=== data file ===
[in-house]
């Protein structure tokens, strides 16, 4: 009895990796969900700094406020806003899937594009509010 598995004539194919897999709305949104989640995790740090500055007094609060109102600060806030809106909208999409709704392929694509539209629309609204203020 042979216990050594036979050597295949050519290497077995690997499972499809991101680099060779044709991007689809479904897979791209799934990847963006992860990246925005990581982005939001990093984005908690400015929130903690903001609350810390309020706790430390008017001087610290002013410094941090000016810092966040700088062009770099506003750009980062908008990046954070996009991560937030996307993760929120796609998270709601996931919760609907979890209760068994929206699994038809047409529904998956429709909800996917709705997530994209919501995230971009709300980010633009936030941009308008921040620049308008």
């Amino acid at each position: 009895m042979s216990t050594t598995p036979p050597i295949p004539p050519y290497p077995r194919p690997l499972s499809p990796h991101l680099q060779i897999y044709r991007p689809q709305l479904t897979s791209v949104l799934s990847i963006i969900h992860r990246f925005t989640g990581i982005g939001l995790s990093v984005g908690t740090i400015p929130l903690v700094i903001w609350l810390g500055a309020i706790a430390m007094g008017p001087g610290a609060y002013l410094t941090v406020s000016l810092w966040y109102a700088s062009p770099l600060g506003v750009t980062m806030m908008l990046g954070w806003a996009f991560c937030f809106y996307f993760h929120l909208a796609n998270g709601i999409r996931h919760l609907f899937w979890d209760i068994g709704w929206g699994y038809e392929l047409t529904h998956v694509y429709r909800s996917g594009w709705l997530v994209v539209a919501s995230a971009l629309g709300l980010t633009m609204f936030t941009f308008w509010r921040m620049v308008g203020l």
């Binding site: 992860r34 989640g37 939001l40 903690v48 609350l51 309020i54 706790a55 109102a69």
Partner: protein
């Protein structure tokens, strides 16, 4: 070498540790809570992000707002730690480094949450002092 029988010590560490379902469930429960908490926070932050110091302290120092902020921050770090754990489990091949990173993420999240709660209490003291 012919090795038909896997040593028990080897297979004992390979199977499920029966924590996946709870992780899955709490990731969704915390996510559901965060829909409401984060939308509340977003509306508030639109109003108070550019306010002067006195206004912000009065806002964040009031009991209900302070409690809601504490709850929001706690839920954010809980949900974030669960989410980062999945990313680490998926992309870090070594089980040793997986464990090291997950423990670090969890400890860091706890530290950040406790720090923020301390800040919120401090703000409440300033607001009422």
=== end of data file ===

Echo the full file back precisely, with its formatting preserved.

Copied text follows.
[in-house]
């Protein structure tokens, strides 16, 4: 009895990796969900700094406020806003899937594009509010 598995004539194919897999709305949104989640995790740090500055007094609060109102600060806030809106909208999409709704392929694509539209629309609204203020 042979216990050594036979050597295949050519290497077995690997499972499809991101680099060779044709991007689809479904897979791209799934990847963006992860990246925005990581982005939001990093984005908690400015929130903690903001609350810390309020706790430390008017001087610290002013410094941090000016810092966040700088062009770099506003750009980062908008990046954070996009991560937030996307993760929120796609998270709601996931919760609907979890209760068994929206699994038809047409529904998956429709909800996917709705997530994209919501995230971009709300980010633009936030941009308008921040620049308008």
């Amino acid at each position: 009895m042979s216990t050594t598995p036979p050597i295949p004539p050519y290497p077995r194919p690997l499972s499809p990796h991101l680099q060779i897999y044709r991007p689809q709305l479904t897979s791209v949104l799934s990847i963006i969900h992860r990246f925005t989640g990581i982005g939001l995790s990093v984005g908690t740090i400015p929130l903690v700094i903001w609350l810390g500055a309020i706790a430390m007094g008017p001087g610290a609060y002013l410094t941090v406020s000016l810092w966040y109102a700088s062009p770099l600060g506003v750009t980062m806030m908008l990046g954070w806003a996009f991560c937030f809106y996307f993760h929120l909208a796609n998270g709601i999409r996931h919760l609907f899937w979890d209760i068994g709704w929206g699994y038809e392929l047409t529904h998956v694509y429709r909800s996917g594009w709705l997530v994209v539209a919501s995230a971009l629309g709300l980010t633009m609204f936030t941009f308008w509010r921040m620049v308008g203020l």
């Binding site: 992860r34 989640g37 939001l40 903690v48 609350l51 309020i54 706790a55 109102a69």
Partner: protein
């Protein structure tokens, strides 16, 4: 070498540790809570992000707002730690480094949450002092 029988010590560490379902469930429960908490926070932050110091302290120092902020921050770090754990489990091949990173993420999240709660209490003291 012919090795038909896997040593028990080897297979004992390979199977499920029966924590996946709870992780899955709490990731969704915390996510559901965060829909409401984060939308509340977003509306508030639109109003108070550019306010002067006195206004912000009065806002964040009031009991209900302070409690809601504490709850929001706690839920954010809980949900974030669960989410980062999945990313680490998926992309870090070594089980040793997986464990090291997950423990670090969890400890860091706890530290950040406790720090923020301390800040919120401090703000409440300033607001009422």